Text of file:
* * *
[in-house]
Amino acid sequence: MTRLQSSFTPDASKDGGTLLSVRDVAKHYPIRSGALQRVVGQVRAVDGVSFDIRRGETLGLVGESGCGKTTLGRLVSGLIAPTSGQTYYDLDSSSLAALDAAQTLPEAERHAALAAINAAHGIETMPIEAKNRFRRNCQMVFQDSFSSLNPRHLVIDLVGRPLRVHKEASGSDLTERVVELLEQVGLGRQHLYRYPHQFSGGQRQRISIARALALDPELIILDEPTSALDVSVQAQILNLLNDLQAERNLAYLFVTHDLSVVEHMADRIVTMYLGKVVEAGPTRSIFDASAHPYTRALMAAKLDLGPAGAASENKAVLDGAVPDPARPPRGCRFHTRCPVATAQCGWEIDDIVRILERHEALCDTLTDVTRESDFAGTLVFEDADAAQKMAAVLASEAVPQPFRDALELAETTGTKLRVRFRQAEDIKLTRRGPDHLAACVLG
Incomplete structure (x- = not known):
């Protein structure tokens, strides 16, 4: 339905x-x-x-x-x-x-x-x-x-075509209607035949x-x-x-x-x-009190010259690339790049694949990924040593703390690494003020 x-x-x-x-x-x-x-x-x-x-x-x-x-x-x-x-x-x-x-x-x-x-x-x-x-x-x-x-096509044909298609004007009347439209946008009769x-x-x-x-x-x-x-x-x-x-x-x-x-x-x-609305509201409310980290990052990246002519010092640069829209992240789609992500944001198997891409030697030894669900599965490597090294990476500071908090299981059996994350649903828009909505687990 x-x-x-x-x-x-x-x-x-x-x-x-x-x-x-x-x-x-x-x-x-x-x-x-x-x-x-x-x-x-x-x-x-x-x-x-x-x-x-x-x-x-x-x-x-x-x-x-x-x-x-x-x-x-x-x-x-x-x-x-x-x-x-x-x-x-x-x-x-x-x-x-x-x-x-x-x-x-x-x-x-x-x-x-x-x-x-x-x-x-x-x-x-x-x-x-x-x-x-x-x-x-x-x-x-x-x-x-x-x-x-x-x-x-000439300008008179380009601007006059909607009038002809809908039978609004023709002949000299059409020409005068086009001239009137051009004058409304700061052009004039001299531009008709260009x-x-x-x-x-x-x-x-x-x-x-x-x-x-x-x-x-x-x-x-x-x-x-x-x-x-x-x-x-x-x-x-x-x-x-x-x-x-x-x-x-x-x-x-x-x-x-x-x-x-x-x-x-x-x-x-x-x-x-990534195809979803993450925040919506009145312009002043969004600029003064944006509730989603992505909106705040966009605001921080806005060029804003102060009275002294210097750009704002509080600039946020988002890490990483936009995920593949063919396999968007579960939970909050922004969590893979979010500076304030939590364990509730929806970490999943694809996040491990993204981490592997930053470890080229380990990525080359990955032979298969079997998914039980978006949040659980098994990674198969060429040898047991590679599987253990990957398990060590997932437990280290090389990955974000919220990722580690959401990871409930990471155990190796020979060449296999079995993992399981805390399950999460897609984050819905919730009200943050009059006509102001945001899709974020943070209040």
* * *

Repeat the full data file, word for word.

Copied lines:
[in-house]
Amino acid sequence: MTRLQSSFTPDASKDGGTLLSVRDVAKHYPIRSGALQRVVGQVRAVDGVSFDIRRGETLGLVGESGCGKTTLGRLVSGLIAPTSGQTYYDLDSSSLAALDAAQTLPEAERHAALAAINAAHGIETMPIEAKNRFRRNCQMVFQDSFSSLNPRHLVIDLVGRPLRVHKEASGSDLTERVVELLEQVGLGRQHLYRYPHQFSGGQRQRISIARALALDPELIILDEPTSALDVSVQAQILNLLNDLQAERNLAYLFVTHDLSVVEHMADRIVTMYLGKVVEAGPTRSIFDASAHPYTRALMAAKLDLGPAGAASENKAVLDGAVPDPARPPRGCRFHTRCPVATAQCGWEIDDIVRILERHEALCDTLTDVTRESDFAGTLVFEDADAAQKMAAVLASEAVPQPFRDALELAETTGTKLRVRFRQAEDIKLTRRGPDHLAACVLG
Incomplete structure (x- = not known):
């Protein structure tokens, strides 16, 4: 339905x-x-x-x-x-x-x-x-x-075509209607035949x-x-x-x-x-009190010259690339790049694949990924040593703390690494003020 x-x-x-x-x-x-x-x-x-x-x-x-x-x-x-x-x-x-x-x-x-x-x-x-x-x-x-x-096509044909298609004007009347439209946008009769x-x-x-x-x-x-x-x-x-x-x-x-x-x-x-609305509201409310980290990052990246002519010092640069829209992240789609992500944001198997891409030697030894669900599965490597090294990476500071908090299981059996994350649903828009909505687990 x-x-x-x-x-x-x-x-x-x-x-x-x-x-x-x-x-x-x-x-x-x-x-x-x-x-x-x-x-x-x-x-x-x-x-x-x-x-x-x-x-x-x-x-x-x-x-x-x-x-x-x-x-x-x-x-x-x-x-x-x-x-x-x-x-x-x-x-x-x-x-x-x-x-x-x-x-x-x-x-x-x-x-x-x-x-x-x-x-x-x-x-x-x-x-x-x-x-x-x-x-x-x-x-x-x-x-x-x-x-x-x-x-x-000439300008008179380009601007006059909607009038002809809908039978609004023709002949000299059409020409005068086009001239009137051009004058409304700061052009004039001299531009008709260009x-x-x-x-x-x-x-x-x-x-x-x-x-x-x-x-x-x-x-x-x-x-x-x-x-x-x-x-x-x-x-x-x-x-x-x-x-x-x-x-x-x-x-x-x-x-x-x-x-x-x-x-x-x-x-x-x-x-x-990534195809979803993450925040919506009145312009002043969004600029003064944006509730989603992505909106705040966009605001921080806005060029804003102060009275002294210097750009704002509080600039946020988002890490990483936009995920593949063919396999968007579960939970909050922004969590893979979010500076304030939590364990509730929806970490999943694809996040491990993204981490592997930053470890080229380990990525080359990955032979298969079997998914039980978006949040659980098994990674198969060429040898047991590679599987253990990957398990060590997932437990280290090389990955974000919220990722580690959401990871409930990471155990190796020979060449296999079995993992399981805390399950999460897609984050819905919730009200943050009059006509102001945001899709974020943070209040």